"There's a fire moving this way from Jenks' territory. I want every citizen of our fair province on the border with a bucket!"
The speaker was surrounded by half a dozen burly men armed with everything from clubs and swords to ancient-looking firearms. In the flickering light of the approaching fires, I could see that he was wearing a top hat like something out of the bootleg historical movies I'd watched during my citizenship tenure. It was obvious that he was mocking a speech given by some long-dead president of the Society, but he seemed no less serious for the levity—at least not based on the way that the unarmed people who'd been gathering in the street started moving toward the fire.
I was still too close to my insertion point; there was still too much risk that someone would think I was from the Society, but going against the flow of people would just make me stand out. I couldn't afford that, not if I wanted to survive.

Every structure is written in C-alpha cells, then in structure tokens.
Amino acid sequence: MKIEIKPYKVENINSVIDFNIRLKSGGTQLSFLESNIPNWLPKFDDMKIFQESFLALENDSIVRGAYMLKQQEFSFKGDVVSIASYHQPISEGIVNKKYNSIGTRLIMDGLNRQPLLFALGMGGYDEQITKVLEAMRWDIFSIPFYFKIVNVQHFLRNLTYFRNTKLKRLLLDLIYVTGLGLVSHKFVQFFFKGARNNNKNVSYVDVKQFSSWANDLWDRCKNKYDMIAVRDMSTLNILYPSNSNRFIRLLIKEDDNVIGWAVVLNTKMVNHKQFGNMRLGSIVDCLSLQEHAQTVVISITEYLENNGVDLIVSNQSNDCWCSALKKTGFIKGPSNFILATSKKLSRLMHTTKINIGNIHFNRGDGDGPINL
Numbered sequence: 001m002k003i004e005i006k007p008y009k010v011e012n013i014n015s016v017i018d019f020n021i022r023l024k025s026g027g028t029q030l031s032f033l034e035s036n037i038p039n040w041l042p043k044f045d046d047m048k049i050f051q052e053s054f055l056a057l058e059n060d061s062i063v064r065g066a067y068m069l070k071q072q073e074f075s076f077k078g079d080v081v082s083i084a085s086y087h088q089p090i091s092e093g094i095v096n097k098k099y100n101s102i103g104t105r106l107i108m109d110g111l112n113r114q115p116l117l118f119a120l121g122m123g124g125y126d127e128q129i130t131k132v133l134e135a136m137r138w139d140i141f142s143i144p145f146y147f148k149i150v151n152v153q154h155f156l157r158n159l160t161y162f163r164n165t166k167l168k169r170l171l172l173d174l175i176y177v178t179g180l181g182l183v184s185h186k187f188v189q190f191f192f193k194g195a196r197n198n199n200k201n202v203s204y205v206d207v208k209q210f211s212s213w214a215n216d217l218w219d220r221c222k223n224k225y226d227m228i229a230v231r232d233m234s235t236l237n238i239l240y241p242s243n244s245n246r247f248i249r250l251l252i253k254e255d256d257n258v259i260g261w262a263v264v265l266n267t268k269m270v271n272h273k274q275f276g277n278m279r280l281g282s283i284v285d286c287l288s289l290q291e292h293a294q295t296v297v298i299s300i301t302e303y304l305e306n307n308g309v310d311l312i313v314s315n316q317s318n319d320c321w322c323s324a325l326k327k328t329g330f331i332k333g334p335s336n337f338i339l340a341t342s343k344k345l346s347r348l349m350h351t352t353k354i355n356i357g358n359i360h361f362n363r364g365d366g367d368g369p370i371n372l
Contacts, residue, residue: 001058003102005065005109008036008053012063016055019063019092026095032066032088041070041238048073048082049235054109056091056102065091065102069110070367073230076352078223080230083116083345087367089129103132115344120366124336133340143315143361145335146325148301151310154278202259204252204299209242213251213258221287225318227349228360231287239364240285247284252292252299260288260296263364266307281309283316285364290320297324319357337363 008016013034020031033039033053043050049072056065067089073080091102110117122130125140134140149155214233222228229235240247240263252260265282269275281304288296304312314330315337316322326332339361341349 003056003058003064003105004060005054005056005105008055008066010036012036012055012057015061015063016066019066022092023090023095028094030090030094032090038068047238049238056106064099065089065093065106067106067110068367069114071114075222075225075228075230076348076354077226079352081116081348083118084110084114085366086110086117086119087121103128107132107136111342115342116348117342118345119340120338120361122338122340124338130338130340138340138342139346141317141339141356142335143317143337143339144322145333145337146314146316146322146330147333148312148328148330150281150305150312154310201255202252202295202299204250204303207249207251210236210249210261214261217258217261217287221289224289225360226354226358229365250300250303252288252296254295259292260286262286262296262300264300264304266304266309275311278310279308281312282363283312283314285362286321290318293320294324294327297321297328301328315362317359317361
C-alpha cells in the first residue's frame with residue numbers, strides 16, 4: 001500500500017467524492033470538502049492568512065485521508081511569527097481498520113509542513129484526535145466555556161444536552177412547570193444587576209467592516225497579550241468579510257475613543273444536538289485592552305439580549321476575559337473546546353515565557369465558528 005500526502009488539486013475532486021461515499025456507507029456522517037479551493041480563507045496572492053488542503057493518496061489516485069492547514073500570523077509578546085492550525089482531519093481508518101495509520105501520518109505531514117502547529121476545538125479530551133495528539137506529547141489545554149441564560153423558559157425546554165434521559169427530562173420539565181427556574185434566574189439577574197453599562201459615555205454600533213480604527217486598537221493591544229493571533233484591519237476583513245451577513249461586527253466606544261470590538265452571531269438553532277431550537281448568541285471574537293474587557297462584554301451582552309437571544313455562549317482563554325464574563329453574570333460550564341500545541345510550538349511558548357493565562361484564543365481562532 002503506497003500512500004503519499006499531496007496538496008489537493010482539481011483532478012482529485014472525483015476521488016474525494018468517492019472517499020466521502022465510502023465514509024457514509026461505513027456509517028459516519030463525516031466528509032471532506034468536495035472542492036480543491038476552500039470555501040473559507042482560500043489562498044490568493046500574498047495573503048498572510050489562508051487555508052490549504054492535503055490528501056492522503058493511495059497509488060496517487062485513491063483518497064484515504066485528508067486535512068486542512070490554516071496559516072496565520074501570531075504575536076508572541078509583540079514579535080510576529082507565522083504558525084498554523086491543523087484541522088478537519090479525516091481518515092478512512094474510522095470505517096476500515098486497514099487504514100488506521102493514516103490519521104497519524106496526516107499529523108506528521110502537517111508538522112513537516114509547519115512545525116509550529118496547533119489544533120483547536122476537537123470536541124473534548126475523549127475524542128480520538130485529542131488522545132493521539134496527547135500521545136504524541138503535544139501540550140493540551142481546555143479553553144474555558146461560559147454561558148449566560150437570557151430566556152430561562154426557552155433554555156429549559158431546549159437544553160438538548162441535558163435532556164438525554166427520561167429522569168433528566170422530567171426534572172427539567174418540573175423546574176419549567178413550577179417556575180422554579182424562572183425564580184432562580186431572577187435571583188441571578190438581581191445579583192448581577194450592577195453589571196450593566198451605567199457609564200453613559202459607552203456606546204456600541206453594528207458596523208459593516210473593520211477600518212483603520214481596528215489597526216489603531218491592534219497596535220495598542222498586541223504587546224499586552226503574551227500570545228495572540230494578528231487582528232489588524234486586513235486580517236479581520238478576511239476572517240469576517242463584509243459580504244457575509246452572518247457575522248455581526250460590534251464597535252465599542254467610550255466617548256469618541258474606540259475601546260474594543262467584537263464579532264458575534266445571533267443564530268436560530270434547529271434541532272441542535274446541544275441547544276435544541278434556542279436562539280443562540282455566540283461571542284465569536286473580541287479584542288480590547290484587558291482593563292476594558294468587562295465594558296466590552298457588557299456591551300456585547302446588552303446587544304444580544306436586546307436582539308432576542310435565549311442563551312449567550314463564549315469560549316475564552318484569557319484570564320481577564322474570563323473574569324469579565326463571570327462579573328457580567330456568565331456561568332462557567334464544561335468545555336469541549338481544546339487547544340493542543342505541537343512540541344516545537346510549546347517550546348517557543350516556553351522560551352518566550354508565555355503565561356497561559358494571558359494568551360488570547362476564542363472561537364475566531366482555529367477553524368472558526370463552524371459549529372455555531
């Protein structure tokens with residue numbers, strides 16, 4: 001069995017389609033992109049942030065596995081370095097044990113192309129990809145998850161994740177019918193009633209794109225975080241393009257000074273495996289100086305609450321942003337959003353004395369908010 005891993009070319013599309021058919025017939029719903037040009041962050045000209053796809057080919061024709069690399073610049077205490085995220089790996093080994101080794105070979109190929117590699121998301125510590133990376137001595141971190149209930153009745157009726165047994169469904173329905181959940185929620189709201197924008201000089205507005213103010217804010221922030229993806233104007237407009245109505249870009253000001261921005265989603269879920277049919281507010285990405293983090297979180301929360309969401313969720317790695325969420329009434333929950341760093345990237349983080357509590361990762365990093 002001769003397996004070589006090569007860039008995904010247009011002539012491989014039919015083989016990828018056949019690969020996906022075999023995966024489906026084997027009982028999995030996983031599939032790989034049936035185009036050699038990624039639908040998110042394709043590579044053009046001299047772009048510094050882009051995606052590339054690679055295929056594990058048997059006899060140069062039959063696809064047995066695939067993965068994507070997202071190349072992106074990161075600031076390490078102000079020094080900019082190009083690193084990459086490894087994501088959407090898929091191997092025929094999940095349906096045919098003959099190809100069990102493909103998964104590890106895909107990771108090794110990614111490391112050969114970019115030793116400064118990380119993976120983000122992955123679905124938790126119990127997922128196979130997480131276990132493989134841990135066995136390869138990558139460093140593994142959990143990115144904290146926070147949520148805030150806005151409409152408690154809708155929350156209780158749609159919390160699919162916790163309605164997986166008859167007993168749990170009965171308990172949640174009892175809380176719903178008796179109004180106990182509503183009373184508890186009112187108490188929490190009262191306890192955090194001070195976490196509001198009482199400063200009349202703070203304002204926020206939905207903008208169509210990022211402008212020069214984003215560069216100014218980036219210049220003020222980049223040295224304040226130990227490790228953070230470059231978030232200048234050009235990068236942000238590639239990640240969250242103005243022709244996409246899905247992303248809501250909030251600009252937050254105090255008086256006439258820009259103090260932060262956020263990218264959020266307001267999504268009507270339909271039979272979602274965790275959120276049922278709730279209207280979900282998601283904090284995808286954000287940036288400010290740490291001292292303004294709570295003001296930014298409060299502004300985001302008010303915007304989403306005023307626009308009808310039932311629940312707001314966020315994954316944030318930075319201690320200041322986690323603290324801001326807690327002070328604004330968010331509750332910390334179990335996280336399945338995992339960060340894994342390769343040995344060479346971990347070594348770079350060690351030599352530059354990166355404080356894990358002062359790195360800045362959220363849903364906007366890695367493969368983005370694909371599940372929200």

I joined the stream of dirty, frightened people and it took no acting ability to appear just as worried as they all were. As we got to a rickety barricade in the street—a barricade that I had blown past by the simple expedient of running through one of the many holes at street level—some of the 'citizens' slowed as though thinking that they'd arrived at their destination, but a quartet of armed men rolled a section of the barricade back and waved everyone else through.
"Jenks is going to need our help to secure this block. As faithful citizens and honest neighbors, we will do exactly that."
"By secure you mean steal, don't you, Piter?"
The comment came from somewhere off to my left, but whoever had made the wisecrack was smart enough to have kept their head down. That didn't stop the guy in the top hat from frowning.
"Sedition is a serious crime, one that weakens us all against enemies inside the city and the ants who just finished bombing us. Anyone who can provide my men with information about who just said that will receive double rations for a week and an upgrade in their living accommodations."